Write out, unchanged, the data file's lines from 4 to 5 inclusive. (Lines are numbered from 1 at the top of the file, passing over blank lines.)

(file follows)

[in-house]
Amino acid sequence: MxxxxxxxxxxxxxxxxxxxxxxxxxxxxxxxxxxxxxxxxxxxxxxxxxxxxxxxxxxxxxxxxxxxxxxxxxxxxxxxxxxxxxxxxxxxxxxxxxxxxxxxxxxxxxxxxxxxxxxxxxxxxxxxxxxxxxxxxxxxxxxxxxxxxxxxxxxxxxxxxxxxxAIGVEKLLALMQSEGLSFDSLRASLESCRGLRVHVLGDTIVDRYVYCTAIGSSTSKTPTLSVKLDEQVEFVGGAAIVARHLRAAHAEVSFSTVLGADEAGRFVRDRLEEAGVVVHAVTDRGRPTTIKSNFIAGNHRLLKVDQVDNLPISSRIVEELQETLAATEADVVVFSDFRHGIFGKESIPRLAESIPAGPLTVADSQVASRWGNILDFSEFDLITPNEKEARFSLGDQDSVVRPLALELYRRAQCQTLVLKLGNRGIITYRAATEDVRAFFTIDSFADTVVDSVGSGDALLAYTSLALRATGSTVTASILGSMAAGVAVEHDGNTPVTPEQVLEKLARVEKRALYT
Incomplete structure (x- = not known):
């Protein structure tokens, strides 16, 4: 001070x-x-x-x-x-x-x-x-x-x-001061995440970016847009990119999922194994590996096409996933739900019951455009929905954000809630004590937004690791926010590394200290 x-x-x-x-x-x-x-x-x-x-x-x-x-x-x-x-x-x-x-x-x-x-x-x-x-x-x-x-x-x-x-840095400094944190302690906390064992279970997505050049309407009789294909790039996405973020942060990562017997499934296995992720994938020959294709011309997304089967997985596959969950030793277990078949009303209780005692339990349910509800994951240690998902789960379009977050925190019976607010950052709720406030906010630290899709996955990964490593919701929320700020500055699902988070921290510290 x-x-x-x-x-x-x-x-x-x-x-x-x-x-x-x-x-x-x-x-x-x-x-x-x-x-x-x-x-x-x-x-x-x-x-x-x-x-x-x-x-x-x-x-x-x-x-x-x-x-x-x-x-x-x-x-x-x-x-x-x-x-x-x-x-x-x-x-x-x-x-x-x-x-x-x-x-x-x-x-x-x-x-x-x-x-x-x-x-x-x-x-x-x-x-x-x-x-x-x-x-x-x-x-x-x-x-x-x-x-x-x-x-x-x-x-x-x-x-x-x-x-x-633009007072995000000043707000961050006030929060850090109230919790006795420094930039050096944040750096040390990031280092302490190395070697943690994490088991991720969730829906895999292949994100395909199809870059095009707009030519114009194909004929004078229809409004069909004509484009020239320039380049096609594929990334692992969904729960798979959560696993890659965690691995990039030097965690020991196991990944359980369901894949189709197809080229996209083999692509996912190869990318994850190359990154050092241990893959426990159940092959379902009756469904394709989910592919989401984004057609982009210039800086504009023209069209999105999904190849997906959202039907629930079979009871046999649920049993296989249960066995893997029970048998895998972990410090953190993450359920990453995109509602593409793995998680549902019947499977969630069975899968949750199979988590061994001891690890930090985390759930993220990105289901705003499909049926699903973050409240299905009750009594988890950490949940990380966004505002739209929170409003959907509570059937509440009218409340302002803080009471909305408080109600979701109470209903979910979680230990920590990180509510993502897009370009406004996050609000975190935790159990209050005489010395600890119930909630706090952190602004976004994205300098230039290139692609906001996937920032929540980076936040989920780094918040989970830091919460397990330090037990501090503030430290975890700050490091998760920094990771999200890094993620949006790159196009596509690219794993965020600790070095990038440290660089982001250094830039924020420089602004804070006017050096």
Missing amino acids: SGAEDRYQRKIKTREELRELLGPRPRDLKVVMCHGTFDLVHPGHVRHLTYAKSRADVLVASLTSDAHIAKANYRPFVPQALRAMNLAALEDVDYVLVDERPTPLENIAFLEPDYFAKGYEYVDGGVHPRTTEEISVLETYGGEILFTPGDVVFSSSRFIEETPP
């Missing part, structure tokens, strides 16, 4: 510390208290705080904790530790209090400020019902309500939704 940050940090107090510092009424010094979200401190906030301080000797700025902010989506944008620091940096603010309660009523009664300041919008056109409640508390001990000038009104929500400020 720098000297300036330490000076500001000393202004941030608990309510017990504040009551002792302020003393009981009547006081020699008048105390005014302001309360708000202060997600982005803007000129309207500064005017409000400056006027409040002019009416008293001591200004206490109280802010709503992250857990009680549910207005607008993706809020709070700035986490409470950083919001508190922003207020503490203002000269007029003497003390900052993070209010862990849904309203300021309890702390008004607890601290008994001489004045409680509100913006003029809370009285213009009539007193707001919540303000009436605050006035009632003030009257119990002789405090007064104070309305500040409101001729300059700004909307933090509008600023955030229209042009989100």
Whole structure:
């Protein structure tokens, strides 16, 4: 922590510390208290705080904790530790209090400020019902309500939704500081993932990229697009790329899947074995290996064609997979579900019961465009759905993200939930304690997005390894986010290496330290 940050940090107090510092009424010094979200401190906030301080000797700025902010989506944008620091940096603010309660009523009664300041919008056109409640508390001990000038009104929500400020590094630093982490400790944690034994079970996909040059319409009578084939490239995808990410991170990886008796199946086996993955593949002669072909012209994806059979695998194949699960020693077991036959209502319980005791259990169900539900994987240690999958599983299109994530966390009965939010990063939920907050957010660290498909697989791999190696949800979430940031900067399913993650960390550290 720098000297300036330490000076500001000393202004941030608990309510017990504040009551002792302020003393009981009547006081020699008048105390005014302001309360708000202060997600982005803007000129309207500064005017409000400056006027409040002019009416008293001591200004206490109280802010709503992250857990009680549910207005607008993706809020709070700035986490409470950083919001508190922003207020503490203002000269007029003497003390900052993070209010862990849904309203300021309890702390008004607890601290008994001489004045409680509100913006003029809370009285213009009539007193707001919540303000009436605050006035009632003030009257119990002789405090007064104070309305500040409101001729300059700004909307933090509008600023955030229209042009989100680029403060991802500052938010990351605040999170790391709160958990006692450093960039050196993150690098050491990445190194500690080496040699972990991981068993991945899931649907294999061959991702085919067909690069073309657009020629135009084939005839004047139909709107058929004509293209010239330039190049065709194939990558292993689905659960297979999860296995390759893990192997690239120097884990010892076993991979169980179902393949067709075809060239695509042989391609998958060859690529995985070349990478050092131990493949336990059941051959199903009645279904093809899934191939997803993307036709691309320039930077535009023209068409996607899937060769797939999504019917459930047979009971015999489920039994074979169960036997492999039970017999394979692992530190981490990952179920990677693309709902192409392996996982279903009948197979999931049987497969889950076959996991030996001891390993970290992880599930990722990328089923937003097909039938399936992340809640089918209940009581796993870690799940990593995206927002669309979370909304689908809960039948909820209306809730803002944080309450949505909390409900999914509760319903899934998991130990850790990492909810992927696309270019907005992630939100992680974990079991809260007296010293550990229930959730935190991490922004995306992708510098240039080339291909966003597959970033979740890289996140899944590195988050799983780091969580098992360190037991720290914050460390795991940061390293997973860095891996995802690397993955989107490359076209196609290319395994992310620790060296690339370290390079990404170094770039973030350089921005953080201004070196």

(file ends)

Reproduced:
């Protein structure tokens, strides 16, 4: 001070x-x-x-x-x-x-x-x-x-x-001061995440970016847009990119999922194994590996096409996933739900019951455009929905954000809630004590937004690791926010590394200290 x-x-x-x-x-x-x-x-x-x-x-x-x-x-x-x-x-x-x-x-x-x-x-x-x-x-x-x-x-x-x-840095400094944190302690906390064992279970997505050049309407009789294909790039996405973020942060990562017997499934296995992720994938020959294709011309997304089967997985596959969950030793277990078949009303209780005692339990349910509800994951240690998902789960379009977050925190019976607010950052709720406030906010630290899709996955990964490593919701929320700020500055699902988070921290510290 x-x-x-x-x-x-x-x-x-x-x-x-x-x-x-x-x-x-x-x-x-x-x-x-x-x-x-x-x-x-x-x-x-x-x-x-x-x-x-x-x-x-x-x-x-x-x-x-x-x-x-x-x-x-x-x-x-x-x-x-x-x-x-x-x-x-x-x-x-x-x-x-x-x-x-x-x-x-x-x-x-x-x-x-x-x-x-x-x-x-x-x-x-x-x-x-x-x-x-x-x-x-x-x-x-x-x-x-x-x-x-x-x-x-x-x-x-x-x-x-x-x-x-633009007072995000000043707000961050006030929060850090109230919790006795420094930039050096944040750096040390990031280092302490190395070697943690994490088991991720969730829906895999292949994100395909199809870059095009707009030519114009194909004929004078229809409004069909004509484009020239320039380049096609594929990334692992969904729960798979959560696993890659965690691995990039030097965690020991196991990944359980369901894949189709197809080229996209083999692509996912190869990318994850190359990154050092241990893959426990159940092959379902009756469904394709989910592919989401984004057609982009210039800086504009023209069209999105999904190849997906959202039907629930079979009871046999649920049993296989249960066995893997029970048998895998972990410090953190993450359920990453995109509602593409793995998680549902019947499977969630069975899968949750199979988590061994001891690890930090985390759930993220990105289901705003499909049926699903973050409240299905009750009594988890950490949940990380966004505002739209929170409003959907509570059937509440009218409340302002803080009471909305408080109600979701109470209903979910979680230990920590990180509510993502897009370009406004996050609000975190935790159990209050005489010395600890119930909630706090952190602004976004994205300098230039290139692609906001996937920032929540980076936040989920780094918040989970830091919460397990330090037990501090503030430290975890700050490091998760920094990771999200890094993620949006790159196009596509690219794993965020600790070095990038440290660089982001250094830039924020420089602004804070006017050096």
Missing amino acids: SGAEDRYQRKIKTREELRELLGPRPRDLKVVMCHGTFDLVHPGHVRHLTYAKSRADVLVASLTSDAHIAKANYRPFVPQALRAMNLAALEDVDYVLVDERPTPLENIAFLEPDYFAKGYEYVDGGVHPRTTEEISVLETYGGEILFTPGDVVFSSSRFIEETPP